Sanjiv Khanna, J.
1. The present appeal by the Revenue under Section 260A of the Income Tax Act, 1961 (Act, for short) relates to assessment year 2008-09 and impugns the findings recorded by the Income Tax Appellate Tribunal (Tribunal, for short) in their order dated 26th March, 2013. Findings recorded in the said order are primarily factual and it has been observed that the assessee had submitted copies of accounts duly confirmed by all trade creditors and debtors, whose balances were in excess of Rs.1 lac at the closing date of the year under consideration. The Tribunal accordingly set aside and quashed the order under Section 263 of the Act passed by the Commissioner of Income Tax.
2. The respondent-assessee is a partnership firm engaged in the business of readymade garments. Search and seizure proceedings were carried out under Section 132 of the Act on 16th October, 2007 in the case of Shri Dwarka Das Agarwal Group and search had also taken place in the business and residential premises of the respondent-assessee. Subsequently, a notice under Section 142(1) of the Act was issued and the respondent-assessee filed return on 2nd April, 2009, declaring the same income as was declared in its original return i.e. Rs.2,94,87,060/-.
3. The assessment records produced before us reveal that possibly no effective proceedings were held till 26th October, 2009. Order sheet for the said period is not available. Effectuate steps were taken for the first time by issue of notice dated 7th October, 2009, by the Assessing Officer under Section 142(1) of the Act, enclosing therewith a questionnaire going into nine closely typed pages asking for information on 24 questions/points. Some of the questions were also having sub questions. Voluminous data, confirmations and details were asked. One such direction was to furnish copies of accounts duly confirmed by all trade debtors and creditors, whose balances at the end of the year, were in excess of Rs.1 lac. The turnover of the assessee as declared in the return of income for the year in question was Rs.16,01,30,230/-. The assessee attended the proceedings, filed replies and other details. Hearings were held on 23rd November, 2009, 11th December, 2009, 15th December, 2009 and 29th December, 2009. Order sheets for proceedings held on 26th October, 2009 and thereafter till 23rd November, 2009 are not on record. However, the assessment records are bulky and show that numerous papers, confirmations, particulars, explanations etc. were furnished. Confirmations submitted by the respondent-assessee are more than 100 in number. The debtors and creditors, it was stated, were located all over India and the assessee had written and asked them for confirmations to be submitted to the department.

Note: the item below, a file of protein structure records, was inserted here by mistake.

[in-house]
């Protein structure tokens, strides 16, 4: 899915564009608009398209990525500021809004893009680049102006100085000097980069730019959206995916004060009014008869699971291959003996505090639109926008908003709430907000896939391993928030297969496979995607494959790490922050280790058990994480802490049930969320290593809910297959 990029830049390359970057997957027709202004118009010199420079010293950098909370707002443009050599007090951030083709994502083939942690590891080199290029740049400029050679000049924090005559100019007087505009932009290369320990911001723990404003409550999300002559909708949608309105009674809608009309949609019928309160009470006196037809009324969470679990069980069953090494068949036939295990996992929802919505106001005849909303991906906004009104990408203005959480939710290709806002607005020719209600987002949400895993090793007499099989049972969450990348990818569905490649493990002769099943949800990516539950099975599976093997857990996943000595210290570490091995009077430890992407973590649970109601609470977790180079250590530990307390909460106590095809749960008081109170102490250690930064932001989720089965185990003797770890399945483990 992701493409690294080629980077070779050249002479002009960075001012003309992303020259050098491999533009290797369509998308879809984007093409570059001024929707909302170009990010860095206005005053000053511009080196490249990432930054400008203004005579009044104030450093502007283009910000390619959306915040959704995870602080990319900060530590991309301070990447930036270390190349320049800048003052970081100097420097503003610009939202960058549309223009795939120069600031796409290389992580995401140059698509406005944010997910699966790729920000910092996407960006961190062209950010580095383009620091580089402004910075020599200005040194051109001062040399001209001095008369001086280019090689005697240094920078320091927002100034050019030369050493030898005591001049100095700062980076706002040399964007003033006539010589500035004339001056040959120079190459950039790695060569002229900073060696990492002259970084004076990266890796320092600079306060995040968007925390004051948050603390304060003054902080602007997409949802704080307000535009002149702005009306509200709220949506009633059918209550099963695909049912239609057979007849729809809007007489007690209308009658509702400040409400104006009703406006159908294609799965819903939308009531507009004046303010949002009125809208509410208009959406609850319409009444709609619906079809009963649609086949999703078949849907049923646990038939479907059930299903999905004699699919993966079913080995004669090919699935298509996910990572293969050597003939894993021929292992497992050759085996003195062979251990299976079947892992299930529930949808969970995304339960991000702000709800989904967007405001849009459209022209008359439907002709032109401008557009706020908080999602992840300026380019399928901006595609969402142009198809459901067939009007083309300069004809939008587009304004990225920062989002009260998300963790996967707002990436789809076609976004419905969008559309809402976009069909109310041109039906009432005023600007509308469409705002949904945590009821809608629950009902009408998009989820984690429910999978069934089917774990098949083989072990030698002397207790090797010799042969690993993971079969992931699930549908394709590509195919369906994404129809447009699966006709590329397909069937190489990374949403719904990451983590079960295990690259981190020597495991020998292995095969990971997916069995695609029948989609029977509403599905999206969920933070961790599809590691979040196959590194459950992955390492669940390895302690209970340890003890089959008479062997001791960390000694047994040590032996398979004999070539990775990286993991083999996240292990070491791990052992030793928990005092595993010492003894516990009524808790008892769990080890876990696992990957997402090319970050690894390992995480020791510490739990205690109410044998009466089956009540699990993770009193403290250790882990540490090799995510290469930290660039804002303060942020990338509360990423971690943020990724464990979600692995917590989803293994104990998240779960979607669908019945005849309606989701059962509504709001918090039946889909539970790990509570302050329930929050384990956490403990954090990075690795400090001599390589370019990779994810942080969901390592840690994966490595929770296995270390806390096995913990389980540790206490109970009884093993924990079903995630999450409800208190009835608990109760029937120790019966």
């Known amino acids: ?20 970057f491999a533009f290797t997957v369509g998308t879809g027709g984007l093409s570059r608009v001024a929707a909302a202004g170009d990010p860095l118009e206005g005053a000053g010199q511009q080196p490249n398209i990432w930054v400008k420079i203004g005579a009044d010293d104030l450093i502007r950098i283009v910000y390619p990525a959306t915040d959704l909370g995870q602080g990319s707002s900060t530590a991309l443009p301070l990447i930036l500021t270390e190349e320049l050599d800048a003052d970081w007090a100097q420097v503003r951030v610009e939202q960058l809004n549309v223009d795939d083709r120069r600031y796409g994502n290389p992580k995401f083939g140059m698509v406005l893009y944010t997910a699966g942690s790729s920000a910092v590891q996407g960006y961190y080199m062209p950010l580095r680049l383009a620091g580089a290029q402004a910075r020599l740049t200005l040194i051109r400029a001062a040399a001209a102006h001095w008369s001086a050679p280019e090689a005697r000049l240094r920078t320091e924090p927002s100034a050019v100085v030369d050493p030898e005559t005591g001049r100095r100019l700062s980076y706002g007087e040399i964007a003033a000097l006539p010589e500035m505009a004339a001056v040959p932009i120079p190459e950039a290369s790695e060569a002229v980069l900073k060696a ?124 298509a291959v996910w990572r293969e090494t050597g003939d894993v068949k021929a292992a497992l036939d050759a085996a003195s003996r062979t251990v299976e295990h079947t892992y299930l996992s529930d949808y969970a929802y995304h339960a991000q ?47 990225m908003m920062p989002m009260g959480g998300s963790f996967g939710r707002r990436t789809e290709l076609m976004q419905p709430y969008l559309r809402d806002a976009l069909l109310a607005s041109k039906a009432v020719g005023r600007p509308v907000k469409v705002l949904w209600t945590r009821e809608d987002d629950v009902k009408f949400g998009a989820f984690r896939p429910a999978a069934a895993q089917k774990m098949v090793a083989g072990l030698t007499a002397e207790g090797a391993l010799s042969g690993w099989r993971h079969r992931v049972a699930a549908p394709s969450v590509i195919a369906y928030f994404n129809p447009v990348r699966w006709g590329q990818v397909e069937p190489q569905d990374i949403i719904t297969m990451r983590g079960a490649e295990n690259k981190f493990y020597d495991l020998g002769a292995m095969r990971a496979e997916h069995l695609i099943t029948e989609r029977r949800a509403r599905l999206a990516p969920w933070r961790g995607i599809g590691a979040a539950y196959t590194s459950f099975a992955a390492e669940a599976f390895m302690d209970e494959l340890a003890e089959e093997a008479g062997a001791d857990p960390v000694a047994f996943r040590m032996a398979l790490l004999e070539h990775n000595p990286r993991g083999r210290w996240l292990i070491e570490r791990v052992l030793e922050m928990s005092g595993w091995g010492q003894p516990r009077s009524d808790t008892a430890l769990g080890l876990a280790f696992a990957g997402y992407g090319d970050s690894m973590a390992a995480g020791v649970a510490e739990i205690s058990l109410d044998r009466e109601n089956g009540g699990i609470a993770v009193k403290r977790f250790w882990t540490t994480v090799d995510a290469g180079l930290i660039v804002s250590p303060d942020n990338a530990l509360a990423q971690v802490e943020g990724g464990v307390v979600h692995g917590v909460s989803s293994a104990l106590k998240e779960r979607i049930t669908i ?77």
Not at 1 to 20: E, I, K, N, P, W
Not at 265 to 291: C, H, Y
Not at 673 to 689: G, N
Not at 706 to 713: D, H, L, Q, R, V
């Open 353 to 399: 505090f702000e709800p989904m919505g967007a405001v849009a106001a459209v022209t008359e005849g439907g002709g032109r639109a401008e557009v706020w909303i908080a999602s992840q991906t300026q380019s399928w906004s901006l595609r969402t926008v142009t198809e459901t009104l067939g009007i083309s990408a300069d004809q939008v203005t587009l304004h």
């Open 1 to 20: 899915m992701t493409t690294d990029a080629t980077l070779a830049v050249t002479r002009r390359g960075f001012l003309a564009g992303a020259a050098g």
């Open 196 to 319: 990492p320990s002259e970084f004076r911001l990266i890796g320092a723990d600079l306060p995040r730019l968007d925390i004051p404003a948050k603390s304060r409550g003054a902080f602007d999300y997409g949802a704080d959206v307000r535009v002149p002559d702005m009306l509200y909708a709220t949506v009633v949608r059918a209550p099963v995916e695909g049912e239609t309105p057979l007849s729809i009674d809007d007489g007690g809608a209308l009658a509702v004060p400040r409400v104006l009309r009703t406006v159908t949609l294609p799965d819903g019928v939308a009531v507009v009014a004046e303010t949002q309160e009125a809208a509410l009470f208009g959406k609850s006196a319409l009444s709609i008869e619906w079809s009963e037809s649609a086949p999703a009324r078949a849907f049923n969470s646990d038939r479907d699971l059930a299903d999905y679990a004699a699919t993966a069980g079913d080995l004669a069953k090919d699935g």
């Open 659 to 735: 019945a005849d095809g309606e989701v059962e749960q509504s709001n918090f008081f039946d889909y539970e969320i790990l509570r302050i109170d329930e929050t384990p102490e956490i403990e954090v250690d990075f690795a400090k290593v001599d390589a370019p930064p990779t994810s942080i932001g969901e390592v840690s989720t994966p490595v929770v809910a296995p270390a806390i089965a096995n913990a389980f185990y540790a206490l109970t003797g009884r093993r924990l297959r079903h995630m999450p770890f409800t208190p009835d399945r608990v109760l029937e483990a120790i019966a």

4. As noticed above, the last hearing before the Assessing Officer was held on 29th December, 2009. On the said date, the assessee had furnished several confirmations and documents.
5. In assessment order passed on 31st December, 2009, two additions of Rs.11,94,982/- and Rs.3,64,696/-, on account of discrepancies, were made.
6. The Assessing Officer, it is claimed by the revenue, had recorded the following office note:-
1. All the documents/materials seized/impound during the course of the search/survey operation conducted on 16.10.2007 in Dwarka Das Agarwal Group of cases have been examined and nothing adverse pertaining to this assessee in previous year under consideration; was noticed as a result thereof.
2. Copy of accounts of the assessee existing in this Circle have been verified from their respective assessment records and of the assessee's existing elsewhere are being sent to their respective AOs for necessary verification at their end.
3. During the course of the assessment, the assessee was required to produce copies of accounts duly confirmed by the concerned parties in respect of fresh loans/deposits as also in respect of debtors and creditors whose balances were in excess of Rs. 1 lac. Since all of such confirmed copies of accounts have not been filed so far and since the assessment in this case is getting barred by time today, the assessment in this case is completed subject to the condition that the same shall be reopened in case any discrepancy is noticed subsequently in the aforesaid accounts."
7. The Commissioner of Income Tax issued notice under Section 263 of the Act on the ground that the assessment order was erroneous and prejudicial to the interest of the Revenue as the Assessing Officer had passed the assessment order despite noticing the fact that the assessee had not submitted confirmed copies of accounts in all cases (See paragraph 3 of the above office note).
8. Thereafter, the Commissioner of Income Tax, set aside the assessment for fresh assessment as per law after affording opportunity to the assessee and upon making proper inquires and verifications. The reasoning of the Commissioner of Income Tax in his order under Section 263 of the Act dated 27th March, 2012 reads:-